In a previous post I explained why I think that revenue generation in early stage SaaS startups should be founder-led. Below you can see a table that I use to visualize how many customers it takes for a SaaS startup to reach $25k and then $42k of MRR, depending on its monthly pricing/revenue per customer.
About the table:
- First column “Monthly ARPU”: I broke down the monthly revenue per customer in these ranges because it’s what I personally see most of the time. The vast majority of SaaS founders I speak with generate between a couple of hundreds of dollars and 2000$ of revenue per customer (monthly). I’m not saying it reflects the market, it’s just what I see personally.
- Second column “Number of customers required”: The number of customers you need to reach $25k and $42k of MRR depending on your pricing/ARPU.
- Third column “Average customer acquisition pace”: Now that we have the number of customers needed to reach these MRR marks, I use ChartMogul’s growth benchmark to see what is the average pace of customer acquisition needed (a.k.a the number of new customers you need to acquire monthly) depending on the growth profile (Good, median and sluggish growth).
- About churn and acquisition pace: I didn’t integrate churn in this table and I know that customer acquisition is not something “predictable/regular” at an early stage. But the aim of this table is more to show what “broad” numbers you need to hit rather than a precise plan.
Takeaway#1: You probably don’t need to hire a marketing or sales person to reach $25K MRR
- If you need to hire a marketing or sales person to reach $25k MRR, then there’s probably a problem. At that stage I meet many founders who want to hire someone to help them with revenue generation, whereas in reality they could do it by themselves. I see two main scenarios here, which are highlighted in green and red borders.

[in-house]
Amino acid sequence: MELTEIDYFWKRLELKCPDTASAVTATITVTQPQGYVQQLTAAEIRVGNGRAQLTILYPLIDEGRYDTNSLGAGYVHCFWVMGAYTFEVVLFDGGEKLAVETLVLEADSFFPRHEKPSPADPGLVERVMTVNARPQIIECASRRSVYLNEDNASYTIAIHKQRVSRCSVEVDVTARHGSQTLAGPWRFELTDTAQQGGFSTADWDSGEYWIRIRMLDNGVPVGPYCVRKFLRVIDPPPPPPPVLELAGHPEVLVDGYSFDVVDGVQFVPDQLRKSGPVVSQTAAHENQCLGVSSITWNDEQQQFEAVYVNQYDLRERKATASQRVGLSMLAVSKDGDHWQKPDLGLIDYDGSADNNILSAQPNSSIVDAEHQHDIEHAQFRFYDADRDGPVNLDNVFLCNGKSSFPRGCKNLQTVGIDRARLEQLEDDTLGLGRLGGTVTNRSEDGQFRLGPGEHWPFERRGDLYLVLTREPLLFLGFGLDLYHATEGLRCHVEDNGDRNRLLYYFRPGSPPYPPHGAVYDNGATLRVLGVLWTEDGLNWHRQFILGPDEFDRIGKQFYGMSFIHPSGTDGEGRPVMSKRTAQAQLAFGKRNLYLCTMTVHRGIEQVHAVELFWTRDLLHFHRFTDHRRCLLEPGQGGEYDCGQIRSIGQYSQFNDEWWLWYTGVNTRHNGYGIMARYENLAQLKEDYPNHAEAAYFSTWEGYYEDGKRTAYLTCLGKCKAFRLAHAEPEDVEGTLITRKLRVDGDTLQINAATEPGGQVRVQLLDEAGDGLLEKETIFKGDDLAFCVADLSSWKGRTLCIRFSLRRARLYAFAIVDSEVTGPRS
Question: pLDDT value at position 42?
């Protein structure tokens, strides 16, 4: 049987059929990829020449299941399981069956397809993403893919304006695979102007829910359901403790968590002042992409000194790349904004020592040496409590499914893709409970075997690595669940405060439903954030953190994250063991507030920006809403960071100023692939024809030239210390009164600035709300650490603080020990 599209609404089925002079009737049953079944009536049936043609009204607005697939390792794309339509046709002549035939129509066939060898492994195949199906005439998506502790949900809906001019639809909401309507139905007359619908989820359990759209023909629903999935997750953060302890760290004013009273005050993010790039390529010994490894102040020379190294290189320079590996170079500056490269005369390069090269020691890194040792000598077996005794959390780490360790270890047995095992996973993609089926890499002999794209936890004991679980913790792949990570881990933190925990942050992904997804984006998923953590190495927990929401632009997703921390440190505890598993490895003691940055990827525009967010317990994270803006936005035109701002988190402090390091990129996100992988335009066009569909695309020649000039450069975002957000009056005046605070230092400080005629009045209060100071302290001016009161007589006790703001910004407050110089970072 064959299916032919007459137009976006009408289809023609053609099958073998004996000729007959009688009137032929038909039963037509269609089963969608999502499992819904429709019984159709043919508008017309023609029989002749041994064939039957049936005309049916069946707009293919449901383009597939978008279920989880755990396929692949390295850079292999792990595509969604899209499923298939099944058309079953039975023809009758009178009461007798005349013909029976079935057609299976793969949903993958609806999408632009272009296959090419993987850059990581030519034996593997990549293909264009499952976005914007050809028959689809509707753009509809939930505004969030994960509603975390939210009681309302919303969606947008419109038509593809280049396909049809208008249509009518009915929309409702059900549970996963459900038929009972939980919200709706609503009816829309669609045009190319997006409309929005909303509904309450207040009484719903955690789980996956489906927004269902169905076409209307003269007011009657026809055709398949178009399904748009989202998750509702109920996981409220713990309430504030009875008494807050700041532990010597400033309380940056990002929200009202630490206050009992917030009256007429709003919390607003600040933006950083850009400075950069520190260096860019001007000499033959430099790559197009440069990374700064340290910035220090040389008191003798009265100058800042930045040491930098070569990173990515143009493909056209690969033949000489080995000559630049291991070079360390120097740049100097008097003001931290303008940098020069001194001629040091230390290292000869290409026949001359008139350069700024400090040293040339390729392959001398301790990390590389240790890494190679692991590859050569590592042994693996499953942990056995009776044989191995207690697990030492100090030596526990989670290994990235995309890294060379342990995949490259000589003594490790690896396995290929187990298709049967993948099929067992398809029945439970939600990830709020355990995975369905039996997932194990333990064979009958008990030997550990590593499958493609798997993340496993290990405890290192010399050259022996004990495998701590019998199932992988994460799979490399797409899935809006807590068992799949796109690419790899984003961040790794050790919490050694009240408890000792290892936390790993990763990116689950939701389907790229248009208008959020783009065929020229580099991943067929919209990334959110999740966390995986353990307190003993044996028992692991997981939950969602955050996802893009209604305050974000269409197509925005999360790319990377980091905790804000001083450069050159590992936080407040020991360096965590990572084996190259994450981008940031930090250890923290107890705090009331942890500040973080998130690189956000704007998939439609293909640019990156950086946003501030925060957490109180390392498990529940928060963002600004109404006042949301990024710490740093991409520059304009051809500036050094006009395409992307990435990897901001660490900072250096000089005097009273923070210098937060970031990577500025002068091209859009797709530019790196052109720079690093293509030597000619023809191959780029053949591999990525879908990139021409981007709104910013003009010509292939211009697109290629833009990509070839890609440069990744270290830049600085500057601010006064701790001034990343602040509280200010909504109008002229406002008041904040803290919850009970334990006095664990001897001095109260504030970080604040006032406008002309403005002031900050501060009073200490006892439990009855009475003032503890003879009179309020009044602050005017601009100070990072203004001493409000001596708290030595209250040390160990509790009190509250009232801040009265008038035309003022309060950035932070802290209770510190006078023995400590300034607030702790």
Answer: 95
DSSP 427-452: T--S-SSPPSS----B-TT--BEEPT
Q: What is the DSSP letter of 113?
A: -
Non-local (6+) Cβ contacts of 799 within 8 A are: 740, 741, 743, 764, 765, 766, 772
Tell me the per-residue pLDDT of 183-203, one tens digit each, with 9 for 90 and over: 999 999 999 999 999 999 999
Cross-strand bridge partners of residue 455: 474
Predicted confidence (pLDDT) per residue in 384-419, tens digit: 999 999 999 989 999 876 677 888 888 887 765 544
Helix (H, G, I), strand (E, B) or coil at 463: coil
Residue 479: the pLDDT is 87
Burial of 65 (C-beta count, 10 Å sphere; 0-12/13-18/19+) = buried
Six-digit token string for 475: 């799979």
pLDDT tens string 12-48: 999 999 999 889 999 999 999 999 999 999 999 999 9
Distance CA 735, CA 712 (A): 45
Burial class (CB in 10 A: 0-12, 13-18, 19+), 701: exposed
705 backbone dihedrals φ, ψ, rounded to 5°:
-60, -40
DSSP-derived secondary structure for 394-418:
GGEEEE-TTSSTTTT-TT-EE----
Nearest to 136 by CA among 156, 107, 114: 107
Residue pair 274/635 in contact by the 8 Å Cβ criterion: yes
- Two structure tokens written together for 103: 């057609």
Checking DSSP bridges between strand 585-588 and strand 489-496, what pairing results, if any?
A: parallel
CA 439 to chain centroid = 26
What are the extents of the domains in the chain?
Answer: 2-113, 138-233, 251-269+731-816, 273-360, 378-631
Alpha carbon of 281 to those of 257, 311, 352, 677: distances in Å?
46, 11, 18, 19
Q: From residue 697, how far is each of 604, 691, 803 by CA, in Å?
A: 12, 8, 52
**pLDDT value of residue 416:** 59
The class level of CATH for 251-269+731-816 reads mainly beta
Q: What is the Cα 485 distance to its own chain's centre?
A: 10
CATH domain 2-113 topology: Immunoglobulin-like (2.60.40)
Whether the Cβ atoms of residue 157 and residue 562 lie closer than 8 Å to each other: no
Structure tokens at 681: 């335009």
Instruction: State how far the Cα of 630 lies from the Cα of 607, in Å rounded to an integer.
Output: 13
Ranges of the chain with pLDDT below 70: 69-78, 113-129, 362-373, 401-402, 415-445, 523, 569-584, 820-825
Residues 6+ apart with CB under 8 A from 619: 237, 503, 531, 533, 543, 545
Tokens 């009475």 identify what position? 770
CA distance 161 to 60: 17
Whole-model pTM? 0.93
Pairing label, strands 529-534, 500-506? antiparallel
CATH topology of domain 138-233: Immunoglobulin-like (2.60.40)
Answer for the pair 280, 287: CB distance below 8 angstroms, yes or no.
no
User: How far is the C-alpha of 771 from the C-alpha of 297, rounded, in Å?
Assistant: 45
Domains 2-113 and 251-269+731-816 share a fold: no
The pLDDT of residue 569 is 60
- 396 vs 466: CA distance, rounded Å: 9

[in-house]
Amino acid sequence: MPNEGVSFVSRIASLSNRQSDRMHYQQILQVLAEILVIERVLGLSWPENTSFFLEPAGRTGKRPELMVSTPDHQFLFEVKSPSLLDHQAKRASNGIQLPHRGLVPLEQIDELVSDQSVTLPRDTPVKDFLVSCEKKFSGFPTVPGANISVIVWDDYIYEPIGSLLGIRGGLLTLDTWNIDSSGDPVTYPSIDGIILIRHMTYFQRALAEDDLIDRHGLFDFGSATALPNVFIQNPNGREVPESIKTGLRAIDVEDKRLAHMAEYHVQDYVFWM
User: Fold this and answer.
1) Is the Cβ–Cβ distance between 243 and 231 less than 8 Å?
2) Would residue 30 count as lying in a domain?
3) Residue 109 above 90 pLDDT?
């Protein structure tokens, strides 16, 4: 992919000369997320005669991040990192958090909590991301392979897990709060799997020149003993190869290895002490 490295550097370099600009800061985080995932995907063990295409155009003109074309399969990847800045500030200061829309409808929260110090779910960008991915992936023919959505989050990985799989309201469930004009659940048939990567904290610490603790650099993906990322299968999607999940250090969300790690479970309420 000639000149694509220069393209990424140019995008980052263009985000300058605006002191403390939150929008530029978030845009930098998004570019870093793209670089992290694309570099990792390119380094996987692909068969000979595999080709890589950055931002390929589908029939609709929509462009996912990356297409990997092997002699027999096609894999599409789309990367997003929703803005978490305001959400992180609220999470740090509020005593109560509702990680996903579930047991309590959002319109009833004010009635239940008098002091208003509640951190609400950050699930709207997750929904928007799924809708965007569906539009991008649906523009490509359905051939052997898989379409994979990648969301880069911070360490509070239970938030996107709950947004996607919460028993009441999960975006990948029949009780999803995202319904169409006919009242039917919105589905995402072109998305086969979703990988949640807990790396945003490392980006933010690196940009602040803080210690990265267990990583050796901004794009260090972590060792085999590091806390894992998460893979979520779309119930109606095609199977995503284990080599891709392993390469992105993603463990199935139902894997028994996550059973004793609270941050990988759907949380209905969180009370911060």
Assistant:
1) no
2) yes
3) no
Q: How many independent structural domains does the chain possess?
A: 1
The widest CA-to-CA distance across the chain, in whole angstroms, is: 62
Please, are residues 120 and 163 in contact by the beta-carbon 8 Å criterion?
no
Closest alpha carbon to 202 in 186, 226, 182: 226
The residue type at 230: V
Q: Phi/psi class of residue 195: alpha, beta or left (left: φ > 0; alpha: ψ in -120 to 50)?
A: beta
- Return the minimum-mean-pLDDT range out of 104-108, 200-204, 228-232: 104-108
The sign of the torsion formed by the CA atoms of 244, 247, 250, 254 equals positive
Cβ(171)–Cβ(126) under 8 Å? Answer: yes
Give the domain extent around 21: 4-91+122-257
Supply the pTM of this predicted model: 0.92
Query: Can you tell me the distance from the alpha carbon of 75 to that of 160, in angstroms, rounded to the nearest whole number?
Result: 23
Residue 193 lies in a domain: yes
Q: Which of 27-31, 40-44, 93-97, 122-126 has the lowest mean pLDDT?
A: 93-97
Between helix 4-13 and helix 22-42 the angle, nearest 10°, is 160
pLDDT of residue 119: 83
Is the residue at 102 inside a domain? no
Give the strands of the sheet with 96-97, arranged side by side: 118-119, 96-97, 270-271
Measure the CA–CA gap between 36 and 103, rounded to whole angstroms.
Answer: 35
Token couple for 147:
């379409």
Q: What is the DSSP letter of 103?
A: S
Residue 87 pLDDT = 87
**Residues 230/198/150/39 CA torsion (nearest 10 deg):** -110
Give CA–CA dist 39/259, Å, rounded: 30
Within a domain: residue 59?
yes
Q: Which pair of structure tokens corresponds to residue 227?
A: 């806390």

- Green border cells: Do things that don’t scale and outbound. In the green border cells you need to acquire between 1 and 50 customers in total to get to $25k MRR with a maximum pace of 3 new customers per month (and it’s in the case you have very good growth). To hit these numbers you don’t need a very complex strategy. In most cases by doing “things that don’t scale” and smart outbound you can get there. I often see founders doing that by leveraging their own network, by doing smart cold outbound, going to trade fairs, by leveraging their existing customers to get more customers etc. What often makes the difference is execution, perseverance and focus. I’m not saying that it’s easy (it’s hard), but just that you don’t need to hire a marketing or sales employee to do that for you.
- Red border cells: Strong product interest or word of mouth is necessary. Here to reach $25k of MRR you need more than 50 customers at a pace above 3-5 customers per month. It’s very hard to achieve this by only doing things that don’t scale. You usually need some kind of inbound traction or strong product interest/word of mouth which are hard to create. You either have it or not. This is why in this zone outbound is required, but you also definitely need a first product/distribution momentum. If you don’t, it will be hard. And hiring a marketing or sales employee will likely not solve this problem.